Overseas clients typically see UK student accommodation as a good investment. Some investors, who have family members studying overseas, wish to buy and own student accommodation rather than rent. Many buyers in this market opt for purpose-built property as it helps to provide a safe environment for their loved ones while still providing the ‘university experience’.
Investors who have previously lived in the UK whilst studying also understand the market and the premium people are willing to pay for high quality accommodation. This knowledge of the student sector has helped global student property transactions increase by 40% over the last 12 months.
6. Knowing the buying process
Once you have found a suitable property that matches your requirements, it is then time to put in an offer.
When buying through Experience Invest, you will also be required to pay a reservation fee which will come off your final balance.
The legal Exchange of Contract and transfer of the property (conveyancing) is the next stage. You will need a solicitor or a licensed conveyor for this.
You will need to appoint a Solicitor at this stage. Ensure you clarify whether VAT and/or disbursements is/are included in the upfront quotation. Conveyancing proceeds through an exchange of notes between the Seller’s Solicitor and your Solicitor. A “Draft Contract” will be drawn up by the seller’s solicitor containing the price and information about the Seller’s Title Deeds, etc.
Your solicitor will check this and negotiate with the seller’s solicitor. Searches, enquiries and surveys undertaken on your behalf will include a Local Authority Search, to check that the property is not in the way of any project; a search at the Land Registry to check security of title. Other enquiries will check on things like mineral rights, flooding, pollution, etc. This part of the conveyancing process will take a minimum of two weeks and up to 8 weeks.
Once you and your solicitor are satisfied, you sign final contracts. This process binds both parties legally. At this point you hand over a non-refundable Exchange deposit. If the property is off plan it is now good practice for the clients’ funds to be held in a client solicitor account, which is then release at drawn down stages during the building upon satisfactory stages of the build and Architect Certification.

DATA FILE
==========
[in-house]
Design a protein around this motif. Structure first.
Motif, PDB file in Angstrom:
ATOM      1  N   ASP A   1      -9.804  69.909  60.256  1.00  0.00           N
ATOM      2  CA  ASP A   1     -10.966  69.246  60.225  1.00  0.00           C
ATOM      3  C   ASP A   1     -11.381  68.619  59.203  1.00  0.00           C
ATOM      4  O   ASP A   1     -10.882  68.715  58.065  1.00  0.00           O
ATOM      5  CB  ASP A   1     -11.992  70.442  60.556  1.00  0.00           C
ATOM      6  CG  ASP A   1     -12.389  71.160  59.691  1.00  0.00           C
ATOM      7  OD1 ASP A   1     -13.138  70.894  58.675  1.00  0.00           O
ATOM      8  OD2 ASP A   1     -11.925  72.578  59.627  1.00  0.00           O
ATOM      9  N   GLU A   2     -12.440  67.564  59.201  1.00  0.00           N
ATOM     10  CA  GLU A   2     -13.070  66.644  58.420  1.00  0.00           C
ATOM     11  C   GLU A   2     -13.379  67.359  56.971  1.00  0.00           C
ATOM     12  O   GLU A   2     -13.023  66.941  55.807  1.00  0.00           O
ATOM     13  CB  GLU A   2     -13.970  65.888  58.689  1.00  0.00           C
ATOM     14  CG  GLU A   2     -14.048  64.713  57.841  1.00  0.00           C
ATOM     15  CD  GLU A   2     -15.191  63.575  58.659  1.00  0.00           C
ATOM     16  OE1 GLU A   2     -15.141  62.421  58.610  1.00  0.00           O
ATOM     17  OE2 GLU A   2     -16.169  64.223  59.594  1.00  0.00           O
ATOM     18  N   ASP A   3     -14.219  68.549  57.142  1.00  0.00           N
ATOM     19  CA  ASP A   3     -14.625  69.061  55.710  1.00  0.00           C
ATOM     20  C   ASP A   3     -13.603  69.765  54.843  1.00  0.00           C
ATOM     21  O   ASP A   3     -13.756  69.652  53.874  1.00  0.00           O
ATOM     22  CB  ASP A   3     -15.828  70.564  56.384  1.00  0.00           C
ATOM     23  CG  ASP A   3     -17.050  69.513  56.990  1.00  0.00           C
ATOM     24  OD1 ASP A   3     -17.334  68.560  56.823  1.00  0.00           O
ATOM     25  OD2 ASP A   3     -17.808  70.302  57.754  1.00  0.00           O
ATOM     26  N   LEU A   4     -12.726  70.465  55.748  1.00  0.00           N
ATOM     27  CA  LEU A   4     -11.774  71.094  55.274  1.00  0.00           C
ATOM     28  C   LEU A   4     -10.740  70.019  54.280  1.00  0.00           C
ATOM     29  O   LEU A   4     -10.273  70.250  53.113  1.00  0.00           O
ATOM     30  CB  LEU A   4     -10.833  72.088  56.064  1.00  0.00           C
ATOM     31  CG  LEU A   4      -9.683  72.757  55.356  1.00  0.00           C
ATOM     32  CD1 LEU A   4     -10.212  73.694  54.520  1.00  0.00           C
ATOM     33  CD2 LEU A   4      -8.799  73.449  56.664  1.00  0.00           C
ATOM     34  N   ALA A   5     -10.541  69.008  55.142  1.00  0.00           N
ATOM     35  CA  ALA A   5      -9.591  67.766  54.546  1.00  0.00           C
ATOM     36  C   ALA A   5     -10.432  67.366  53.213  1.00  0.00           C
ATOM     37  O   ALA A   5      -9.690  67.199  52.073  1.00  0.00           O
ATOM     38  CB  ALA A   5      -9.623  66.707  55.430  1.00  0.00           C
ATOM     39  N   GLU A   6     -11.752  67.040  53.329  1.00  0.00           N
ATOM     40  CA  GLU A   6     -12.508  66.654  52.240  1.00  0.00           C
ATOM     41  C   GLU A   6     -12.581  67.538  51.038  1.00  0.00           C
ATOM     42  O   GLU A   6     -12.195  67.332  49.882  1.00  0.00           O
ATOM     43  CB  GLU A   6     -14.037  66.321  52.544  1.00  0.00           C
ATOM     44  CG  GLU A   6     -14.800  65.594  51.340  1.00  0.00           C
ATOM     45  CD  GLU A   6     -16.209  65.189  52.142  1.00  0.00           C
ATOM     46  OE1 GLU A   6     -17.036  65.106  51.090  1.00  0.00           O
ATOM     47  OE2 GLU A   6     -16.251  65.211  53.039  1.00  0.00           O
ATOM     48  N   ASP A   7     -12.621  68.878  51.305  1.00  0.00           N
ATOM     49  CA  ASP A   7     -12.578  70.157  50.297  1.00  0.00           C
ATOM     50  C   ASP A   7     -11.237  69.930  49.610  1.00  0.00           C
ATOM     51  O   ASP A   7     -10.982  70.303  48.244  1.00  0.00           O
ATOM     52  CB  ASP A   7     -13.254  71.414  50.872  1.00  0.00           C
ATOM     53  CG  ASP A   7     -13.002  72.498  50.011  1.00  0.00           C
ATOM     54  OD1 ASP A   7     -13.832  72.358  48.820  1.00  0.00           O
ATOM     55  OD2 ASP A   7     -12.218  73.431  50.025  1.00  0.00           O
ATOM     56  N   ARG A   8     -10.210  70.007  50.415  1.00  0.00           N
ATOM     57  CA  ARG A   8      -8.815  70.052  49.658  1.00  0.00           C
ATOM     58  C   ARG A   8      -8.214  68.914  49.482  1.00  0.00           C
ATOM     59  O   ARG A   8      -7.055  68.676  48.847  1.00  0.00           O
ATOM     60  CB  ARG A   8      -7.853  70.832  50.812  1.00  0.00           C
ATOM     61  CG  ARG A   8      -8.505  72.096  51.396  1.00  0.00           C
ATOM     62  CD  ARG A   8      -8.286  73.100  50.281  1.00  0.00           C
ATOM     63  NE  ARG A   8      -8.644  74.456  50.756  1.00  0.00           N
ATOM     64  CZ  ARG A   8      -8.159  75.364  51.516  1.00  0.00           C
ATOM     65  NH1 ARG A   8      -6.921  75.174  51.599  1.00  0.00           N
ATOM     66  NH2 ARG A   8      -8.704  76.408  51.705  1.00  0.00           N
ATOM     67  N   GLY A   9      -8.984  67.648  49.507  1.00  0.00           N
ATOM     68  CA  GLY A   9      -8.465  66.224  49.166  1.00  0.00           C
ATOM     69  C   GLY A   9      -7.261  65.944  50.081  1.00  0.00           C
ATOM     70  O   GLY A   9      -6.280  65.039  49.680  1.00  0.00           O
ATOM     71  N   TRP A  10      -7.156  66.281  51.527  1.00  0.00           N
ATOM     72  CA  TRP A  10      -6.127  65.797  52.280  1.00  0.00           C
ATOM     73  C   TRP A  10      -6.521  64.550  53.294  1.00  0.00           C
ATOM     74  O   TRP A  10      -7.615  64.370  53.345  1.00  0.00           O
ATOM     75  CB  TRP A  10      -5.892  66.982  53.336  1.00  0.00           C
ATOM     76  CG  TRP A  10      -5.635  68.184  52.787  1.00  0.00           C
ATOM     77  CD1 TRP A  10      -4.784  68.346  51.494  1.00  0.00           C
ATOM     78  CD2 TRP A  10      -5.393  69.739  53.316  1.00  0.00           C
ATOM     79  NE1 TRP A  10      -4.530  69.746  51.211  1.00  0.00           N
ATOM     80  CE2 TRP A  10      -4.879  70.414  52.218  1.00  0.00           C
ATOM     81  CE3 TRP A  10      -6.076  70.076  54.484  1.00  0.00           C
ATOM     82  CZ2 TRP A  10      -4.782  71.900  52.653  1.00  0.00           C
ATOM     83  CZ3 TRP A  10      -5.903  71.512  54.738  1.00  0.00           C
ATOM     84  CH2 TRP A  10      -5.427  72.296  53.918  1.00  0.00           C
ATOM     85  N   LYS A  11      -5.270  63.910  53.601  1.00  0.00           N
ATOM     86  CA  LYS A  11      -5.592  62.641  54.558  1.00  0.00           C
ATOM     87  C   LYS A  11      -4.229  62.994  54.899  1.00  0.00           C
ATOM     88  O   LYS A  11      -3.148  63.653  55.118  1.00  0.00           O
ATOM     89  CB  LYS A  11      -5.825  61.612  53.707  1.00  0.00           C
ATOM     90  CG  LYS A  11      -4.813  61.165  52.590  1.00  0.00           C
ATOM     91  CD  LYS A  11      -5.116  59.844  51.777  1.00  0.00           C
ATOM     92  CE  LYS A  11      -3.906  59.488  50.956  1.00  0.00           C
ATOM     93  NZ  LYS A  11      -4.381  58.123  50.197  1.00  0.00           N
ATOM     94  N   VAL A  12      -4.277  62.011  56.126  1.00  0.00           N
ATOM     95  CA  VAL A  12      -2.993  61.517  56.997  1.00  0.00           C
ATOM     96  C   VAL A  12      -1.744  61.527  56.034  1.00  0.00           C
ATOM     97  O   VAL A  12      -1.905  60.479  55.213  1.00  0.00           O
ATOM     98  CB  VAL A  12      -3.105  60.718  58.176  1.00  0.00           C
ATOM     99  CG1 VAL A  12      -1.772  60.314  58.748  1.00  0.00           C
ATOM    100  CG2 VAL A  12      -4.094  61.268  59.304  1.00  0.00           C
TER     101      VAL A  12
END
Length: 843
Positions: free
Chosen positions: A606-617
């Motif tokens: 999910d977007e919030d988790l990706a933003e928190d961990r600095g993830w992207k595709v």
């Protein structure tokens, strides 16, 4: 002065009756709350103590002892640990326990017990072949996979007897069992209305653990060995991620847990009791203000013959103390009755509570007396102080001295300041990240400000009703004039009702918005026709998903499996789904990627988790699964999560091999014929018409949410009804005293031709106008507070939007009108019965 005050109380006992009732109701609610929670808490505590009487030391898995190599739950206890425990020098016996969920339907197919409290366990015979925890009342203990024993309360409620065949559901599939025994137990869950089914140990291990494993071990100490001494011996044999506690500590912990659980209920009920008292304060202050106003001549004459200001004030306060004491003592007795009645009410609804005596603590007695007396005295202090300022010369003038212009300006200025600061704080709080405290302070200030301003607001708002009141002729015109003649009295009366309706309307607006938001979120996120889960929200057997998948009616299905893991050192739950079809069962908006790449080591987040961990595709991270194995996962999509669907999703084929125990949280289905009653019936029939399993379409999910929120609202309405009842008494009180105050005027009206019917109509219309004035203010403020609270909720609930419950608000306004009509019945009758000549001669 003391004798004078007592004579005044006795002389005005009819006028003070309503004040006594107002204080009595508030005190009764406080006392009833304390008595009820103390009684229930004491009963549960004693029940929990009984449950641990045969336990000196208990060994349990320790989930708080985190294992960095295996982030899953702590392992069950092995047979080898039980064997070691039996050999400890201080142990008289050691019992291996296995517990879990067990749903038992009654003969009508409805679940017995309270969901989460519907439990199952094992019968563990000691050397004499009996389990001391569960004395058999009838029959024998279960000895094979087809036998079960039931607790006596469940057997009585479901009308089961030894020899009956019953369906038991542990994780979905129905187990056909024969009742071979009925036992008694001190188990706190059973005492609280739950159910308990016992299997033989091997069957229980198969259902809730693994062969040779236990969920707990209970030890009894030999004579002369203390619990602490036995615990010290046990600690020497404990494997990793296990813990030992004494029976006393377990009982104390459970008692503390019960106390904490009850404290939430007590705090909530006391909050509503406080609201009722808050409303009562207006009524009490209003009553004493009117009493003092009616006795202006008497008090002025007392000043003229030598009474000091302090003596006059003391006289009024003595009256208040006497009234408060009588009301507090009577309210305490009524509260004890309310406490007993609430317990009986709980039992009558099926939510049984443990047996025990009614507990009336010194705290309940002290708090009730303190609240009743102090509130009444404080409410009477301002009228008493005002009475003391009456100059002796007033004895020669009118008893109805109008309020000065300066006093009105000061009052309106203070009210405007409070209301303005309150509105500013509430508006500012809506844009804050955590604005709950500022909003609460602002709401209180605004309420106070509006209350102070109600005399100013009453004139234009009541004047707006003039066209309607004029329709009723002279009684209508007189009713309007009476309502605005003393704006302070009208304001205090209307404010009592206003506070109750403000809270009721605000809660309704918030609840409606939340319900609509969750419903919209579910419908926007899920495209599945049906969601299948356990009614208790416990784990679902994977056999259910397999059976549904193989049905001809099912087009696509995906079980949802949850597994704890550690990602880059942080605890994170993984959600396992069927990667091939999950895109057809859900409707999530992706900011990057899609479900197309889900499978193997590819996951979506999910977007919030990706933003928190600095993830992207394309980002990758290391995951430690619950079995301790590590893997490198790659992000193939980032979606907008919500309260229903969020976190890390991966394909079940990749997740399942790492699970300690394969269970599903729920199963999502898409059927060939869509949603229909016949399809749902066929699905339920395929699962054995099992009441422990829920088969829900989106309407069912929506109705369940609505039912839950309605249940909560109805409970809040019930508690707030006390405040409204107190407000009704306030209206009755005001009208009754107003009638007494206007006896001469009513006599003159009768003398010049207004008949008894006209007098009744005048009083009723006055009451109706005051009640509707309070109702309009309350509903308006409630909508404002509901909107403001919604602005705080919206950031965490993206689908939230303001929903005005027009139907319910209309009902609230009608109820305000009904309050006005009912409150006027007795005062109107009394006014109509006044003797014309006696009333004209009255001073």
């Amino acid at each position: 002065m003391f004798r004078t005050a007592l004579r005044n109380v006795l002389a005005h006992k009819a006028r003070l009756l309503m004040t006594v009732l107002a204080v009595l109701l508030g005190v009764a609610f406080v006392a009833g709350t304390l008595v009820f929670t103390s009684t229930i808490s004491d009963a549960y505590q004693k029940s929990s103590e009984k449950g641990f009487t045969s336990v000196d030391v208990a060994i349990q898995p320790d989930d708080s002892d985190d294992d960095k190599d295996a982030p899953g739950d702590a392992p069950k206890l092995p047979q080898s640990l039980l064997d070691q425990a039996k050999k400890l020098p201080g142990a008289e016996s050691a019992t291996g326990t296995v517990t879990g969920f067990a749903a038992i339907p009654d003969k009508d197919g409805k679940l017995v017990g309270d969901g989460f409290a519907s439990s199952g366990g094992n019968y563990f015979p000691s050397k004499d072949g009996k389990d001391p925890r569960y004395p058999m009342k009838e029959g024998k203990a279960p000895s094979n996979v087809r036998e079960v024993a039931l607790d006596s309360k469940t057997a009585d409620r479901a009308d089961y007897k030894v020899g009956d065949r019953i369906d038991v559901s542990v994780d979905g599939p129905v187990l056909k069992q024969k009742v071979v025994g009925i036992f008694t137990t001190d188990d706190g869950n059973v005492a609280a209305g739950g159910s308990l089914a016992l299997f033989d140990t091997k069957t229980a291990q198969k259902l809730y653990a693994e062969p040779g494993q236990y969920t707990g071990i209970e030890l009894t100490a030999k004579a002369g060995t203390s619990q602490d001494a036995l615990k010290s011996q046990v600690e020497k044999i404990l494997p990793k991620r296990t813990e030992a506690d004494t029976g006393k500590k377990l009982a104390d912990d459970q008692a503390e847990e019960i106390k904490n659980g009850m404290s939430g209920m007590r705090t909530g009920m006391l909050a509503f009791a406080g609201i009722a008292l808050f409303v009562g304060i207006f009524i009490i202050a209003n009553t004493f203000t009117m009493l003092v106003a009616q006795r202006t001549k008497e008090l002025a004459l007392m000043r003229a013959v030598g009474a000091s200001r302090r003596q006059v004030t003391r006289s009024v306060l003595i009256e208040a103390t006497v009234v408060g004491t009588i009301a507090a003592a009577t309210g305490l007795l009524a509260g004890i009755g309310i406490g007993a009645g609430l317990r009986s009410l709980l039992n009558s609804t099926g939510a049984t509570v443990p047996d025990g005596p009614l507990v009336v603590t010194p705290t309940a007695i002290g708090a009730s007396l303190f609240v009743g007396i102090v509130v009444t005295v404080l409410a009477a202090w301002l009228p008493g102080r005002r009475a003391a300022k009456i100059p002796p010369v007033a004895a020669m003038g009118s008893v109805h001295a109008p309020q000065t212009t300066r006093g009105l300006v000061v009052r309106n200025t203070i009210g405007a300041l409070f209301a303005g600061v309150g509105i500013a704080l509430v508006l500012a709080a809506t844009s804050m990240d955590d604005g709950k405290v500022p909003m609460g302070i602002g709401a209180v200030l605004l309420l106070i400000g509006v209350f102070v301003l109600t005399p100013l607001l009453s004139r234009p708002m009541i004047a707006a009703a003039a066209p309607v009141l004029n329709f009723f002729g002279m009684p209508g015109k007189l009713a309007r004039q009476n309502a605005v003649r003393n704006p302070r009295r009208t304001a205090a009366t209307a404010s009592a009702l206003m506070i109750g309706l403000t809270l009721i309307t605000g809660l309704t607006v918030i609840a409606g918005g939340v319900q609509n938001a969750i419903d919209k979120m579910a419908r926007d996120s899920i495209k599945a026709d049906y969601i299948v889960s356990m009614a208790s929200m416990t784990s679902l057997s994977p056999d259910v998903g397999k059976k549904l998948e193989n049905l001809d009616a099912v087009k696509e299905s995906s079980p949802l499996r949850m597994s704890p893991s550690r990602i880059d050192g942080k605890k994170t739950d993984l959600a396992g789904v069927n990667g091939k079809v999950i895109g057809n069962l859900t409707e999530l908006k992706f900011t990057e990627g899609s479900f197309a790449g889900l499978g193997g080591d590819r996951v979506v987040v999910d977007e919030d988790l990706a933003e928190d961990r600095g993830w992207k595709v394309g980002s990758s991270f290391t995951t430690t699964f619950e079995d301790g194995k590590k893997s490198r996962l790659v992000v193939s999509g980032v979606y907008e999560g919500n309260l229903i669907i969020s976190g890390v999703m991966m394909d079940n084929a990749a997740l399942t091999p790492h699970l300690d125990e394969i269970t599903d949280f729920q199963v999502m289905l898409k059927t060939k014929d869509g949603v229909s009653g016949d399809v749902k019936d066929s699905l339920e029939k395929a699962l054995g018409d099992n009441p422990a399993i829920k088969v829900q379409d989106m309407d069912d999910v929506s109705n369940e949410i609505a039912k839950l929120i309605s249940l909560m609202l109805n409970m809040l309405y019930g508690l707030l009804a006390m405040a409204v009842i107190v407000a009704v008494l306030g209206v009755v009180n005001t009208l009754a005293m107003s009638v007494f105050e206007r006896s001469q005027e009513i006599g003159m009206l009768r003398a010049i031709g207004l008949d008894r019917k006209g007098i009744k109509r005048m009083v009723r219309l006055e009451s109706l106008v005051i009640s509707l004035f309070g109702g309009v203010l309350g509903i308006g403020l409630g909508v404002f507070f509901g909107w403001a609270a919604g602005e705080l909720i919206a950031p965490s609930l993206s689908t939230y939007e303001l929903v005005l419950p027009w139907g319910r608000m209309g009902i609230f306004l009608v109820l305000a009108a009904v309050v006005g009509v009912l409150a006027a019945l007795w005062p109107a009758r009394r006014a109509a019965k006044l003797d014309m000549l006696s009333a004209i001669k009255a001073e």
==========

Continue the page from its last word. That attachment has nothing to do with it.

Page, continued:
A transfer contract documenting the transfer of title will next be prepared and signed by both parties. A Completion date will also be agreed upon. Between the contract signing and Completion Date, proper arrangements with the Land Registry office are made: Stamp Duty and other fees connected with registering are paid. Payments are now completed and the deeds are handed to you.
7. Strategizing and management
Finally, when you are buying a home as an overseas investor, it's absolutely vital that you take the time to consider how the property will be managed and how your income will be sustained. As you are more likely to not be in the UK for the majority of the year, you need someone to hand who can deal with lettings, rent collection, maintenance and other issues.
Setting this up when you buy is an absolute necessity for overseas investors, but for those purchasing through an organisation like Experience Invest, it's something you can rely on. When you buy in purpose built developments, you get the peace of mind that someone will always be looking out for your property and ensuring your investment performs as well as it can.